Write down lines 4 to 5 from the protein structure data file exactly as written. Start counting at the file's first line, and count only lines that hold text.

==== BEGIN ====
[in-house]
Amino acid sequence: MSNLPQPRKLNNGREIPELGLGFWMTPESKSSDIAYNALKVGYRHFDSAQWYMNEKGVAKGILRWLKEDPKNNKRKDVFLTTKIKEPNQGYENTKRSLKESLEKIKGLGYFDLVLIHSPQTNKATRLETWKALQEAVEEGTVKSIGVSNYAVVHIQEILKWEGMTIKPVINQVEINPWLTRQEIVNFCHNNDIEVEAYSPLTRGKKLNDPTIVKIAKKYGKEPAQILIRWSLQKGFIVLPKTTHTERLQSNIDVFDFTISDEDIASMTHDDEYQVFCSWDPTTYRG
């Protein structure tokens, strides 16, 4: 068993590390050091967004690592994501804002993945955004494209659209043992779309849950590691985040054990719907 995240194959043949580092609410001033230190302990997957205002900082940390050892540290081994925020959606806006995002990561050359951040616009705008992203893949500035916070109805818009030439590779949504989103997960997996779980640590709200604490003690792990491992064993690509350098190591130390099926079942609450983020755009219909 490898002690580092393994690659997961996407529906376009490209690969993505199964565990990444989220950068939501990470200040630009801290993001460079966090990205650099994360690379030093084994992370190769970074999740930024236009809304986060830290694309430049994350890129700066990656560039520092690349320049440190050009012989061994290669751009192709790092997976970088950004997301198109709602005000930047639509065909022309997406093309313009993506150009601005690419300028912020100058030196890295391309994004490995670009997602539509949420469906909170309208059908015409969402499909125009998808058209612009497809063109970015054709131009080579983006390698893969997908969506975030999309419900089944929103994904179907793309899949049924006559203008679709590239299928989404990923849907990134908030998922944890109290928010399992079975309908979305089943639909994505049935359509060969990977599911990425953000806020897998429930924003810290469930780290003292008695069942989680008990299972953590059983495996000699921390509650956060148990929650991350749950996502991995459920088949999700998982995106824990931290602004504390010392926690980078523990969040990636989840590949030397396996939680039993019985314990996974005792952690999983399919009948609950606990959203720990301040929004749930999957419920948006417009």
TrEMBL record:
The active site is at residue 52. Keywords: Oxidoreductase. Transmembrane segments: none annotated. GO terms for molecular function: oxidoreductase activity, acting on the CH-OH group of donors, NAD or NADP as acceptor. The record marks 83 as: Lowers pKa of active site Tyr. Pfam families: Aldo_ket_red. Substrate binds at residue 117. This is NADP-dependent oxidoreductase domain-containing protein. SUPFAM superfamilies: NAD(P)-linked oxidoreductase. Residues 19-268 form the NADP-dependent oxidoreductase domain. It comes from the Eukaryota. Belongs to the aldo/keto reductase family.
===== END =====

TrEMBL record:
The active site is at residue 52. Keywords: Oxidoreductase. Transmembrane segments: none annotated. GO terms for molecular function: oxidoreductase activity, acting on the CH-OH group of donors, NAD or NADP as acceptor. The record marks 83 as: Lowers pKa of active site Tyr. Pfam families: Aldo_ket_red. Substrate binds at residue 117. This is NADP-dependent oxidoreductase domain-containing protein. SUPFAM superfamilies: NAD(P)-linked oxidoreductase. Residues 19-268 form the NADP-dependent oxidoreductase domain. It comes from the Eukaryota. Belongs to the aldo/keto reductase family.